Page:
ALONSO’S DRA­MATIC DAY­TONA

SPA­NIARD’S TOR­RID FLORIDA OUT­ING

Motor Sport News - - Front Page - By Jamie Klein

Last week­end’s Day­tona 24 Hours marked the lat­est in­stal­ment in the blos­som­ing ro­mance be­tween Fer­nando Alonso and the United States, one that shows few signs of fad­ing.

The hype sur­round­ing Alonso’s sportscar rac­ing de­but along­side United Au­tosports team-mates Lando Nor­ris and Phil Han­son was never go­ing to match that which ac­com­pa­nied his tilt on the In­di­anapo­lis 500 last year, which marked the start of the Spa­niard’s mis­sion to em­u­late Gra­ham Hill and be­come only the sec­ond-ever man to cap­ture mo­tor­sport’s ‘Triple Crown’.

But the two-time For­mula 1 world cham­pion’s pres­ence cer­tainly added ex­tra in­trigue to a star-stud­ded Pro­to­type class, which al­ready boasted the likes of Lance Stroll, Felipe Nasr, Paul di Resta, He­lio Cas­tron­eves and Juan Pablo Montoya do­ing bat­tle along­side the cast of IMSA Sportscar Cham­pi­onship reg­u­lars.

Alonso was a fre­quent vis­i­tor to the me­dia cen­tre through­out the course of the Day­tona week­end, and on Thurs­day – shortly af­ter an open­ing prac­tice marked by a punc­ture for the #23 Ligier JS P217 – he was quizzed on just what it is about the States he finds so al­lur­ing.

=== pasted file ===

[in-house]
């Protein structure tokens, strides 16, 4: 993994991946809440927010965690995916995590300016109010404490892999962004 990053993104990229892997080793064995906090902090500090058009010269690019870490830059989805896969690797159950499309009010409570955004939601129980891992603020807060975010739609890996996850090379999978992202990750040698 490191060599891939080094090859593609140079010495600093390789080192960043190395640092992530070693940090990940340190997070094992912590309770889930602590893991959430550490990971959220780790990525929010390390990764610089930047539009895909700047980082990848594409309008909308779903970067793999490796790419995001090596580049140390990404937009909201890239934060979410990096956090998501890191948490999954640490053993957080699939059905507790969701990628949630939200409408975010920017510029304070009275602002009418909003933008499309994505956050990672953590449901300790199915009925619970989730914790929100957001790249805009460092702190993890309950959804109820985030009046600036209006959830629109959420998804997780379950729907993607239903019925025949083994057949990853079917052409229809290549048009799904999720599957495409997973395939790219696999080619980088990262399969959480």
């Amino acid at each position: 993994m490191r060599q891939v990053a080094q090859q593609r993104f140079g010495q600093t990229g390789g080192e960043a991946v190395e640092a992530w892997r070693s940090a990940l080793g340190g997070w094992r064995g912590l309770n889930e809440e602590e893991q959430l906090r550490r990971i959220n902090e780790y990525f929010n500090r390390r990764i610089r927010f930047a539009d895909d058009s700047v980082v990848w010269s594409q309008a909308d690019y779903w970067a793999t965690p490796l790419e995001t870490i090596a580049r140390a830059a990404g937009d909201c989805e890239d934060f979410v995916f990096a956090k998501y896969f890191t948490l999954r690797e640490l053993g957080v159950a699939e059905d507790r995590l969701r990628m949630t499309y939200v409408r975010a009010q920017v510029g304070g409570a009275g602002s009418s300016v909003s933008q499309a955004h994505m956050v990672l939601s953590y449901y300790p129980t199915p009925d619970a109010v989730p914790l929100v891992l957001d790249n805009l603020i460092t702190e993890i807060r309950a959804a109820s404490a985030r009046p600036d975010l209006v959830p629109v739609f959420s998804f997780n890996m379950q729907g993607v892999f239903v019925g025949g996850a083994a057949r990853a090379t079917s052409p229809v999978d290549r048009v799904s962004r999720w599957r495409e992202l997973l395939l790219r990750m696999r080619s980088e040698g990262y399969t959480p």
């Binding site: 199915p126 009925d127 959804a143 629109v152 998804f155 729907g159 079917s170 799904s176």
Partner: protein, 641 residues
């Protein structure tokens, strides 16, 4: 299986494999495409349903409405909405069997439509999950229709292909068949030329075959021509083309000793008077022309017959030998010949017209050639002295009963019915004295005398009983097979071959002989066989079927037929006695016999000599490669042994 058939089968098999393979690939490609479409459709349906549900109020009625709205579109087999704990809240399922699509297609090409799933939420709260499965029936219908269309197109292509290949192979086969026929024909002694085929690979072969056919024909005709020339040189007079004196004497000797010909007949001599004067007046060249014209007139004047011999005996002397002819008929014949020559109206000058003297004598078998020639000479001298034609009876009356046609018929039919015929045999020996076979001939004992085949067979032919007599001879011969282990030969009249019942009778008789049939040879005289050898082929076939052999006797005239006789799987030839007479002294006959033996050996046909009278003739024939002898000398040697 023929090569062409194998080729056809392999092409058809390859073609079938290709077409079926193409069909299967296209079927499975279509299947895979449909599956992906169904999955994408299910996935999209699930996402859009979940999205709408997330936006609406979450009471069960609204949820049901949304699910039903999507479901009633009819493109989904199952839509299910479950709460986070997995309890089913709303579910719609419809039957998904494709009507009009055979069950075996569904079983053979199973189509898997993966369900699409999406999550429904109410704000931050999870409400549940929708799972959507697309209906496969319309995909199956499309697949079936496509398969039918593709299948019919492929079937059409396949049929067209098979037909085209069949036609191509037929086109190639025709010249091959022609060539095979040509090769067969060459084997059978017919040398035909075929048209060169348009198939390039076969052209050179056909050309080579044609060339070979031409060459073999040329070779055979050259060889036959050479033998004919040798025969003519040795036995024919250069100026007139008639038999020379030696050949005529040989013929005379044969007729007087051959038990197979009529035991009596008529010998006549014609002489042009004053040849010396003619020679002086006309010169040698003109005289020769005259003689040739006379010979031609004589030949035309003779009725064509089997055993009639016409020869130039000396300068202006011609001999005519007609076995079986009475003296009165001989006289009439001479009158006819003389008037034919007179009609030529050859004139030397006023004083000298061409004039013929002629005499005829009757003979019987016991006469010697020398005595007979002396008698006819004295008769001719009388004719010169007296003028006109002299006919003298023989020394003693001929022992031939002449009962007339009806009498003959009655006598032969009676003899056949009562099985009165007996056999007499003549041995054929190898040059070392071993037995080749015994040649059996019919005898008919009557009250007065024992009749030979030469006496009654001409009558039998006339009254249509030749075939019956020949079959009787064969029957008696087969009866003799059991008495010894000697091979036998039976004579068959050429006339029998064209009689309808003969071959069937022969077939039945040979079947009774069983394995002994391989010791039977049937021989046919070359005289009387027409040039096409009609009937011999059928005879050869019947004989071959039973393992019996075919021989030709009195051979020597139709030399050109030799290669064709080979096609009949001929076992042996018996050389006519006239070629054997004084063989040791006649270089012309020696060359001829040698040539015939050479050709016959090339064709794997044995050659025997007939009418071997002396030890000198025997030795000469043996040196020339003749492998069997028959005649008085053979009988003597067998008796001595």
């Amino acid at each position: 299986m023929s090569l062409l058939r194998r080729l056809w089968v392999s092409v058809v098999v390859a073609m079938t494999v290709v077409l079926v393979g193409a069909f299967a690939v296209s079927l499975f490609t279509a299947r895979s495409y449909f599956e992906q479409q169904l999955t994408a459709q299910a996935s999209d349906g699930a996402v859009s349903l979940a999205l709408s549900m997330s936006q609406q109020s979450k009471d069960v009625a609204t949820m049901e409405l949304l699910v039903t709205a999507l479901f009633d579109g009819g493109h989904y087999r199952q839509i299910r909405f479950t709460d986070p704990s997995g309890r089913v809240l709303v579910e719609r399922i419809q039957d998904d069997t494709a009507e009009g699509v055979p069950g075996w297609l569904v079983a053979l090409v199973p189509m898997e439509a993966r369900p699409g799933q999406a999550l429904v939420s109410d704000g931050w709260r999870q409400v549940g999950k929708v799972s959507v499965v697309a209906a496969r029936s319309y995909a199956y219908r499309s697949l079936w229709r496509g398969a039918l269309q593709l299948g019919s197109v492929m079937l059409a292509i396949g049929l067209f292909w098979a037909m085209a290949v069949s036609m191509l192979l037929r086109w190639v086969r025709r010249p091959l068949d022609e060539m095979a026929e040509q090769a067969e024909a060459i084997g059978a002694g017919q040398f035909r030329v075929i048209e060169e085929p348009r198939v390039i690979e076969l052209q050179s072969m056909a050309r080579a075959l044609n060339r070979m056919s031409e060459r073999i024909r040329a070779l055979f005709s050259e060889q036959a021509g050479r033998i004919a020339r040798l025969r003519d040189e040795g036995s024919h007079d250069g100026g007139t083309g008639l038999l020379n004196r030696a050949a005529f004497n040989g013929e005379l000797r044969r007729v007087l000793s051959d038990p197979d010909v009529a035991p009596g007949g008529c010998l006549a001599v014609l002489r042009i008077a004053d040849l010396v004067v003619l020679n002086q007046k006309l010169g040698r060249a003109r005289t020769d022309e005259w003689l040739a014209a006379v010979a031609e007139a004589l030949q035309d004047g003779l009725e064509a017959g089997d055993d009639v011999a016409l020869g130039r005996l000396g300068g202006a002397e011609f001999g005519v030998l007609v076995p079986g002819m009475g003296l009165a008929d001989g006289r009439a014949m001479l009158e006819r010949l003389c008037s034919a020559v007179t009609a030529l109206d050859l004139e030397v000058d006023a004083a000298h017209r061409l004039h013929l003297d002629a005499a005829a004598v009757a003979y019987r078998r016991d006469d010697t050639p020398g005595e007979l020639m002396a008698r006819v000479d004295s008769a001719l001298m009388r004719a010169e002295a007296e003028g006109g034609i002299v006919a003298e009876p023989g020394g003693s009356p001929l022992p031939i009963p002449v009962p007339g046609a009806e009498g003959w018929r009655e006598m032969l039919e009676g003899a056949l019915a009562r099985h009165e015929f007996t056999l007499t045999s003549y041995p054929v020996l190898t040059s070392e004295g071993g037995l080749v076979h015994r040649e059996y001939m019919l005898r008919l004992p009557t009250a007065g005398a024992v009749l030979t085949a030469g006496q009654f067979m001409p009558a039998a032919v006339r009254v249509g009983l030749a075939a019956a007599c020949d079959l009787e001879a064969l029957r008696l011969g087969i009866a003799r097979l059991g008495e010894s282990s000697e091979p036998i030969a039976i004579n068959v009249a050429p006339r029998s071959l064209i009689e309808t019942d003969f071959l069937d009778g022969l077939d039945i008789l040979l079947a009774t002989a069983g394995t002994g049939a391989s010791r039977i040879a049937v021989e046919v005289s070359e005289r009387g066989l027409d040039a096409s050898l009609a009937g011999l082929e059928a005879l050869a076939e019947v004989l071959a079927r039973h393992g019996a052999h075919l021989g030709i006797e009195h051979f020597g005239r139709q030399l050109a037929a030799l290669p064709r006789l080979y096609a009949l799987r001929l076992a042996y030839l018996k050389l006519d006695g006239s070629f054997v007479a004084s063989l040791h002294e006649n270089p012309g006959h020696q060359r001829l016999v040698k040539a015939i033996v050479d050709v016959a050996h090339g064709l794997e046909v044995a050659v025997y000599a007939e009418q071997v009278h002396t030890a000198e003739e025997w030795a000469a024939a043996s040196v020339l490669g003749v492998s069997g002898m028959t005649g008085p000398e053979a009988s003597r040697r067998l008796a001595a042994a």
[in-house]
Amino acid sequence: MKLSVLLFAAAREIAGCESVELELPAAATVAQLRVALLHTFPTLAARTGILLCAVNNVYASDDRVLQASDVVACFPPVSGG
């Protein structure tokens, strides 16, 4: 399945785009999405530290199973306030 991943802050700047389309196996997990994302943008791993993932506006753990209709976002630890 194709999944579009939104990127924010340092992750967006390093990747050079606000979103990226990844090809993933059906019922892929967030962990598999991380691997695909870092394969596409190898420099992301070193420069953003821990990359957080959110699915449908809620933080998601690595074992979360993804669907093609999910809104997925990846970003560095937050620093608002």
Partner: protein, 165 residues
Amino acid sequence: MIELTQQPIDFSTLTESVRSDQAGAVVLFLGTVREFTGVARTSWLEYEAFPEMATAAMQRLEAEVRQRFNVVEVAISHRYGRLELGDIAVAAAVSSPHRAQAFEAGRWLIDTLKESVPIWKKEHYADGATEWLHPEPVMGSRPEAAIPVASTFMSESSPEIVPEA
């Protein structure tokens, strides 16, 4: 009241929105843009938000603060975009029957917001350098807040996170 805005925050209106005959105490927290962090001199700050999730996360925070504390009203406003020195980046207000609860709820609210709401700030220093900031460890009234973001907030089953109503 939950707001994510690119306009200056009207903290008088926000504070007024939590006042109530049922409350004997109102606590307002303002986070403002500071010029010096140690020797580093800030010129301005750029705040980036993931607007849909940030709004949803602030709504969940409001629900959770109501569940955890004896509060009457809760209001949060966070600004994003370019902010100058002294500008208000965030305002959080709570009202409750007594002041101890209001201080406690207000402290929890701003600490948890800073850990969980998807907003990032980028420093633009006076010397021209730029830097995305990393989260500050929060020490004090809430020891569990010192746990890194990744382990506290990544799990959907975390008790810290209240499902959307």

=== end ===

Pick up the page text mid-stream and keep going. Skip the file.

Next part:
“You know these places, you have these venues and these names in your head when you are a kid,” Alonso said. “When you grow up you see on tele­vi­sion these big races: the In­di­anapo­lis 500, the Day­tona 500, Day­tona 24 Hours.

“We play with lit­tle cars when we are young, and you see the name of Day­tona, In­di­anapo­lis, and one day even­tu­ally you are here as a pro­fes­sional rac­ing driver and you are rac­ing at these venues.

“Also the speed­ways are dif­fer­ent com­pared to Europe; ev­ery­thing here is big­ger, the size of ev­ery­thing is huge, the pad­dock area, all the fa­cil­i­ties here, the grand­stand. Ev­ery­thing is very im­pres­sive. It’s a nice feel­ing to put the hel­met on and go rac­ing at these iconic cir­cuits.”

While Alonso headed to Indy last year with a proven, race-win­ning team, from the out­set it was clear at Day­tona that the Ligier used by United Au­tosports was not the pick of the pro­to­type bunch – and so it came as lit­tle surprise to see him qual­ify down in 13th and al­most a full sec­ond off the quick­est of the Cadil­lac Dpis.

It was a dif­fer­ent sit­u­a­tion in the race, how­ever, and in par­tic­u­lar as night be­gan to fall at the Florida track the #23 ma­chine slowly crept its way up the leader­board into the top 10; by the end of hour seven the car had even made it as high as fourth.

Much like in 2017 though, Alonso’s hopes were dashed by the ma­chin­ery at his dis­posal. Rather than a blown Honda power unit, the chief cul­prit this time around was a brak­ing is­sue that re­quired a lengthy trip to the garage to change the mas­ter cylin­der.